Wednesday, July 25, 2012

Have a safe day!

Wednesday, July 25
3:30 p.m.


Thursday, July 26


3:30 p.m.

4 p.m.
Accelerator Physics and Technology Seminar - One West
Speakers: Alex Murokh, RadiaBeam Technologies
Title: Inverse Compton Scattering Gamma-Ray Source at ASTA

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Wednesday, July 25

- Breakfast: English muffin sandwich
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Wednesday, July 25
- Ham & gruyere crepes
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- Cranberry & walnut salad
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New cable pulling method saves time and money

A stack of about 200 empty cable spools, referred to as Mount Ranson, sits in a parking lot near the Main Injector Ring. Mount Ranson is a reminder of a new technique that allows cable to be installed more quickly and more safely. Photo: Denton Morris, AD

There's a photo going around the Accelerator Division titled "Mount Ranson." In the photo, several stacks of empty wooden spools stand in a parking lot, each stack roughly twice the height of a car.

The spools previously held heliax cable – a quarter-inch-wide cable surrounded by copper shielding – that is being replaced in the Main Injector. The picture is named for Jim Ranson, electrical coordinator for AD, who has been overseeing the installation of new cable during the shutdown.

Fermilab used to purchase heliax cable on spools much larger than those pictured in "Mount Ranson."

"These things came in spools that held 5,000 feet of cable," said Cons Gattuso, AD shutdown coordinator. "Just the logistics of moving the cable around in the tunnel was a nightmare."

The spools were so large, they couldn't fit into the Main Injector tunnel without blocking access, creating a safety hazard and limiting how much work could be done at one time in each section of the tunnel. Worse, since each spool contained such enormous lengths of cable, installing the cable without damaging it was difficult.

Gattuso came up with a new plan for this year's shutdown. He asked Ranson to find a company that could recut their large spools of cable into smaller ones. The idea was that with smaller spools, several jobs could be done inside the tunnel at once under safer conditions. Additionally, less cable would be damaged in the process. Ranson put out bids right away.

A company in Carol Springs won the contract and respooled all of the cable.

"The guys said, 'Give us a week,'" Ranson said. "We got them back. One of our technicians, John Van Bogaert, made a list of origins and destinations on the Main Injector ring for each cable and marked the cables so the electricians could easily pick them up."

The cable is for a beam position monitoring system that helps operators see how the proton beam is oriented in the accelerator. With the cable precut and labeled, electricians installed it in the Main Injector at record speed.

"We can now install cable in each house on the Main Injector ring in about four days," said Denton Morris, AD engineering physicist. "Without doing this, it would've been twice that."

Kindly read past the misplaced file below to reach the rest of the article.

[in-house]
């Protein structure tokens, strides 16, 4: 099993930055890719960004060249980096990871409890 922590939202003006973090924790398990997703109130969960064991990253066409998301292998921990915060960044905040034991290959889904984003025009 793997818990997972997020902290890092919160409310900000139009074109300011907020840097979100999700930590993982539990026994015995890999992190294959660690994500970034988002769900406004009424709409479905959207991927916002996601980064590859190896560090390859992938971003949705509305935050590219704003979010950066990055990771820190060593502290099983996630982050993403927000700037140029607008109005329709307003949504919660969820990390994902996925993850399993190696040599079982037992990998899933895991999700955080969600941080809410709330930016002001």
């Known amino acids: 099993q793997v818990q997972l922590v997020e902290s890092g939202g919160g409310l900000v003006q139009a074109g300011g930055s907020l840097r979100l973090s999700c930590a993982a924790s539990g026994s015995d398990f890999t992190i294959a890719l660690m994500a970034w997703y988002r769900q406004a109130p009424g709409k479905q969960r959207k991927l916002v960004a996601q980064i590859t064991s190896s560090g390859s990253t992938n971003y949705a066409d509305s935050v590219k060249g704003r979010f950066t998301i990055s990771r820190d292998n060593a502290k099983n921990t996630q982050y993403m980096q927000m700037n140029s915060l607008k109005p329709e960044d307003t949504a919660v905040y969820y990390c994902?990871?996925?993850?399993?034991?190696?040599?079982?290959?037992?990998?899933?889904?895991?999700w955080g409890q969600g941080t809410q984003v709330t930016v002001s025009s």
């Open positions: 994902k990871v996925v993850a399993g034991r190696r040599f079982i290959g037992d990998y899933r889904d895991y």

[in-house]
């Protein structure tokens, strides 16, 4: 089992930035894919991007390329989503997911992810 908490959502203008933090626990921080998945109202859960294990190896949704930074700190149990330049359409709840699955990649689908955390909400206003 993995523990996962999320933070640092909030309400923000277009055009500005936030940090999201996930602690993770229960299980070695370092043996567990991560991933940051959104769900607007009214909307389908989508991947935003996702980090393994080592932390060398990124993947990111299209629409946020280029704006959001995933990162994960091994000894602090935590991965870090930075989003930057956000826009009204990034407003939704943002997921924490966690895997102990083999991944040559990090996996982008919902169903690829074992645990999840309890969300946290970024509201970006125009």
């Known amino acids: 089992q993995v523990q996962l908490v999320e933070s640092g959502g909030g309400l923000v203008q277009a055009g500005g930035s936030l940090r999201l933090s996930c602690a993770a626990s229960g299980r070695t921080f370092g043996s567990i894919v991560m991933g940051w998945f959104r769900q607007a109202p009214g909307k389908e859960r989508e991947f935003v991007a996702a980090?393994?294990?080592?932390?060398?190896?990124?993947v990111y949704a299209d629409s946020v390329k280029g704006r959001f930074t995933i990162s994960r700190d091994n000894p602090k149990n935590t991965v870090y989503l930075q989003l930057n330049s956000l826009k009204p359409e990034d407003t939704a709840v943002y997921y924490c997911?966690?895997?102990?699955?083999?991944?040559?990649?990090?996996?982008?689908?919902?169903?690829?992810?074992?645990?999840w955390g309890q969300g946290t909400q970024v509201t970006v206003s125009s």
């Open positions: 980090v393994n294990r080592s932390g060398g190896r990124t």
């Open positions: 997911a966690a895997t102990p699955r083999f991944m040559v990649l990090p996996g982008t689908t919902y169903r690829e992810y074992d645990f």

Gattuso said labor cost per day for a team of electricians comes to about $6,000.

"When you do the math, it's $30,000 a week," Gattuso said. In total, they'll save the laboratory $180,000 and six weeks of work.

When Morris noticed how quickly the empty spools were piling up outside the Main Injector, he took the photo that became "Mount Ranson."

Ranson was modest about picture bearing his name.

"It's a team effort," he said. "You learn from past mistakes. Next year we'll think of something different to make it even better."

Joseph Piergrossi

University Profile

Northwestern University

Northwestern University

Evanston, Ill.


Purple and white


CDF, CLEO (Cornell), CMS (CERN), COUPP, DZero, MINERvA, Muon g-2, NA61 (CERN), PANDA (FAIR)

Nine faculty, eight postdocs, 16 graduate students

The theory group studies neutrinos, g-2, quantum chromodynamics, Higgs physics and physics beyond the Standard Model. Experiments include hadronic physics research and searches for glueballs, neutrino cross-section measurements, precision measurements of electroweak properties from g-2 to the W mass, Higgs searches and searches for new physics at all energies.

We are only an hour's drive from Fermilab (and Chicago's O'Hare International Airport) and have three faculty with joint positions at Argonne National Laboratory and Fermilab.

DOE Office of High Energy Physics, DOE Office of Nuclear Physics, NSF, Simons Foundation

View all university profiles.

In the News

'Summer Under the Stars' continues July 25

From NIU Today, July 24, 2012

There's no sign of a break in the heat, but amateur and expert stargazers alike can have some cool fun Wednesday, July 25.

NIU's Summer Under The Stars program, "Eyes on the Sky," continues at 7 p.m. in La Tourette Hall Room 200 to explore astronomy, optics and telescopes.

Donna Kubik will begin the evening with a discussion of the similarities between research-grade telescopes and amateur telescopes and cameras using Fermilab's Dark Energy Survey's optical telescope as an example. Kubik is an NIU alumna and an astrophysicist at Fermilab.